Minneapolis Green-Lights Its Organics Recycling Program Plan

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Minnesota’s largest city is embracing the municipal composting movement, which is gaining steam in many U.S. cities.

The city of Minneapolis announced this week that it would formally launch a curbside compost pickup program beginning this summer.

A small number of cities and towns, most notably in California and Washington state, have started similar programs in recent years. Most curbside composting programs have been jump-started in smaller localities, though San Francisco has been successfully running its own program for nearly 20 years.

In New York City, which has a pilot project underway, Mayor Bill de Blasio even made composting a part of his public outreach campaign last year.

The city of Seattle has taken its composting program one step further by announcing a plan on Tuesday to “publicly shame” residents who don’t comply with its composting mandates with a $1 fine noted in the form of a large red sticker placed on a resident’s garbage can.

But Minneapolis is just in the beginning stages of rolling out its program.

This week, Minnesota Public Radio reported on some of the specifics of the city's pilot program, which will initially reach about 25 percent of residents before a wider adoption takes effect in 2016:

Curbside composting is different from traditional yard composting of food waste because more items can be composted, including paper towels, pizza boxes or even chopsticks. Items like oils, fats or yard waste won't be accepted under the program.

A 2013 study by the city estimated that around 40 percent of residents would actively participate in the program, which will be paid for by a new $3.40 monthly trash charge added to each resident’s garbage bill.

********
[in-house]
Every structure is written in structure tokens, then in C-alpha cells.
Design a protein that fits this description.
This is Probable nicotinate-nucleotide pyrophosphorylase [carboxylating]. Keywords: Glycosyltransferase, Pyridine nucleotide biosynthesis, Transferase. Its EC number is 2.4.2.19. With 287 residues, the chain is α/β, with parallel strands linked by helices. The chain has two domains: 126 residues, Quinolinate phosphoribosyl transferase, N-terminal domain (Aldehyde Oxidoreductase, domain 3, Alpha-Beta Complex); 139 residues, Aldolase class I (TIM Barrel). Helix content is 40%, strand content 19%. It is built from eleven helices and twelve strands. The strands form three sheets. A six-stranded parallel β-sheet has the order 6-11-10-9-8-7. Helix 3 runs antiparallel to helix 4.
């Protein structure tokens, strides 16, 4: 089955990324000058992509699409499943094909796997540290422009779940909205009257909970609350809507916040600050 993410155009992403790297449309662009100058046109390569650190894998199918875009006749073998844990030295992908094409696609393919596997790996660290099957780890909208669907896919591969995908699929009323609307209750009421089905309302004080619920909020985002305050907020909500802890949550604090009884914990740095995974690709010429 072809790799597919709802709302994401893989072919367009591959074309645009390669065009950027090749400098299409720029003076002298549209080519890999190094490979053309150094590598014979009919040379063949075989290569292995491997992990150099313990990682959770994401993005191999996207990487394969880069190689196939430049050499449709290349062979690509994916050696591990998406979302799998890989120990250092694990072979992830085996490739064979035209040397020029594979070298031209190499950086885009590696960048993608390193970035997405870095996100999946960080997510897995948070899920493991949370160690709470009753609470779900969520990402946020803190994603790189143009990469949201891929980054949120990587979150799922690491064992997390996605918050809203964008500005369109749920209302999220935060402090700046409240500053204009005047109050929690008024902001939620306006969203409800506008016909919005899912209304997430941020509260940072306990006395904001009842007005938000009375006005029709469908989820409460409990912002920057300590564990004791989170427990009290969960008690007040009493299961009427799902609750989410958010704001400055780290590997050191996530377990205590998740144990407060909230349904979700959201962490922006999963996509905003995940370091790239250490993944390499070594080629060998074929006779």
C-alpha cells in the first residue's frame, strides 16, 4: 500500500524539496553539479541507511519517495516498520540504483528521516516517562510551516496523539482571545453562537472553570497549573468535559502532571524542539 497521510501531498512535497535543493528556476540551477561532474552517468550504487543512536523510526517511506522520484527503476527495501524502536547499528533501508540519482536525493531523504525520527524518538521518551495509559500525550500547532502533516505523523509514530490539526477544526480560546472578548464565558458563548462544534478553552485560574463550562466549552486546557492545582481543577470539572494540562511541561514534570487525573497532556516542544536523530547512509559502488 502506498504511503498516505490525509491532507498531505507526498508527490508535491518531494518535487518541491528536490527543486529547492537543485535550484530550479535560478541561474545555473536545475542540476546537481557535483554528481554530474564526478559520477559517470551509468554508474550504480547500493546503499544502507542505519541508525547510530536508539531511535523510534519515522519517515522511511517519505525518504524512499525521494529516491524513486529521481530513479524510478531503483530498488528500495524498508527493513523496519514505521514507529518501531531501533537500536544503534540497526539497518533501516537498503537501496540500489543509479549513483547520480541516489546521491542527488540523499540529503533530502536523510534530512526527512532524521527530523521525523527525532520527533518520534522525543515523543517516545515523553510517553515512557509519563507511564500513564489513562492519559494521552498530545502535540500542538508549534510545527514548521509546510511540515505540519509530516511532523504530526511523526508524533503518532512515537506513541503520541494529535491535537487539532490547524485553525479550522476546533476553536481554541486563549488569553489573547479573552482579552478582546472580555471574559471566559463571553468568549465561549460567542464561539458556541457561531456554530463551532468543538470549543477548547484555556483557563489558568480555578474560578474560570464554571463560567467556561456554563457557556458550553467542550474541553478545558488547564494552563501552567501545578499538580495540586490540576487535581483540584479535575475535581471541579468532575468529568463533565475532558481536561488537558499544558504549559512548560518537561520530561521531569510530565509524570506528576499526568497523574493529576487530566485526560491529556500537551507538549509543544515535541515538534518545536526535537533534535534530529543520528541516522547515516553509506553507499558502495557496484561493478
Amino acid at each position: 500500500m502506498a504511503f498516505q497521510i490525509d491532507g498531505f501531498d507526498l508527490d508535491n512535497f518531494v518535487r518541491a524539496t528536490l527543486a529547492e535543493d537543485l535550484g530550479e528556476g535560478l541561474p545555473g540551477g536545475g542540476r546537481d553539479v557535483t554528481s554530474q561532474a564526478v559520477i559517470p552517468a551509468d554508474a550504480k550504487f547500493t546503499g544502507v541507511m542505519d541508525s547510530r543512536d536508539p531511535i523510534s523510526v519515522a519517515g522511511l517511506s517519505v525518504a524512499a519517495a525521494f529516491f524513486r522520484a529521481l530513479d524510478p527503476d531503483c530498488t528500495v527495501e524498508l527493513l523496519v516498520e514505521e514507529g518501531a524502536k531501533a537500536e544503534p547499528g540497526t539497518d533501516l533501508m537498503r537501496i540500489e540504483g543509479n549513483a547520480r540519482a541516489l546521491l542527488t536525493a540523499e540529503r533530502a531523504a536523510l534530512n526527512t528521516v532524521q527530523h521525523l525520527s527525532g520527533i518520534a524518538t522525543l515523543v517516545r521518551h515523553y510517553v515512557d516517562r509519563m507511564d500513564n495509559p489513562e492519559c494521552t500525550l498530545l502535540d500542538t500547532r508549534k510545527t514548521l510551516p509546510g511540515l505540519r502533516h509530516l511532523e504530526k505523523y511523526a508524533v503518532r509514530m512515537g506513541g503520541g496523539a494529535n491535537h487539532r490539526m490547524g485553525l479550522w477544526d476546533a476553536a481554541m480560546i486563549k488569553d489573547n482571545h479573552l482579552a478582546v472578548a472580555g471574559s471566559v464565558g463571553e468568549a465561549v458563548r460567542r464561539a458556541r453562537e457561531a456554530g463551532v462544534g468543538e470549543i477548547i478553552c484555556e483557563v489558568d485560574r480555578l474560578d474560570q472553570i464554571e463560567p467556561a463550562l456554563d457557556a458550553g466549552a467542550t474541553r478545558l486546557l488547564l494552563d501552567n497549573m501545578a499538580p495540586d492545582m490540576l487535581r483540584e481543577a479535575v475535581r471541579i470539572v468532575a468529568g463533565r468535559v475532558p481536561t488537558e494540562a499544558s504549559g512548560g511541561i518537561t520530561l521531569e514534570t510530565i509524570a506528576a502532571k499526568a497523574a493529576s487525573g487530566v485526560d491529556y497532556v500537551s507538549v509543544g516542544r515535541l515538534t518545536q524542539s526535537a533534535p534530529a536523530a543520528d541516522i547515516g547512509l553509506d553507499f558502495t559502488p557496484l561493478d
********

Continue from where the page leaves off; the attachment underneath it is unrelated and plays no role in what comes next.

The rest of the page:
The Minneapolis City Council has made a number of efforts to honor Mayor Betsy Hodges’ pledge to transform Minneapolis into a “zero waste” city.

The Star Tribune reported on Monday that two council members recently traveled to Cuba to learn about that country’s approach to composting, urban agriculture and other techniques that can be used to reduce the environmental footprint of city residents.

“Seeing what we could do to have really good controls on allowing composting businesses in the city and also hearing what farmers are actually doing—that, in particular, was fascinating,” Ben Somogyi, a council policy aide, told the newspaper.

The new composting pickup program is expected to save several thousand tons of organic waste that are currently sent to an incinerator in the city. Instead, the organic waste would be transformed into fertile soil through the composing process.

“Curbside organics recycling is the next step toward a Zero Waste Minneapolis,” Hodges said in an announcement last August. “It’s something residents voted for, and the pilots have been incredibly successful so far.”

The city of Boise, Idaho, announced a similar plan last week, estimating that its own composing plan could recycle an estimated 1,400 tons of trash each month. The Idaho capital’s Public Works Department has formed an advisory committee that will meet over the next few months to tour landfills and decide whether a composting plan would be feasible enough for widespread adoption by city residents.

“Curbside composting would definitely be an advantage to the community, in that it makes your landfill last longer," Ted Hutchison, the city’s Deputy Solid Waste Director, told KTVB-TV.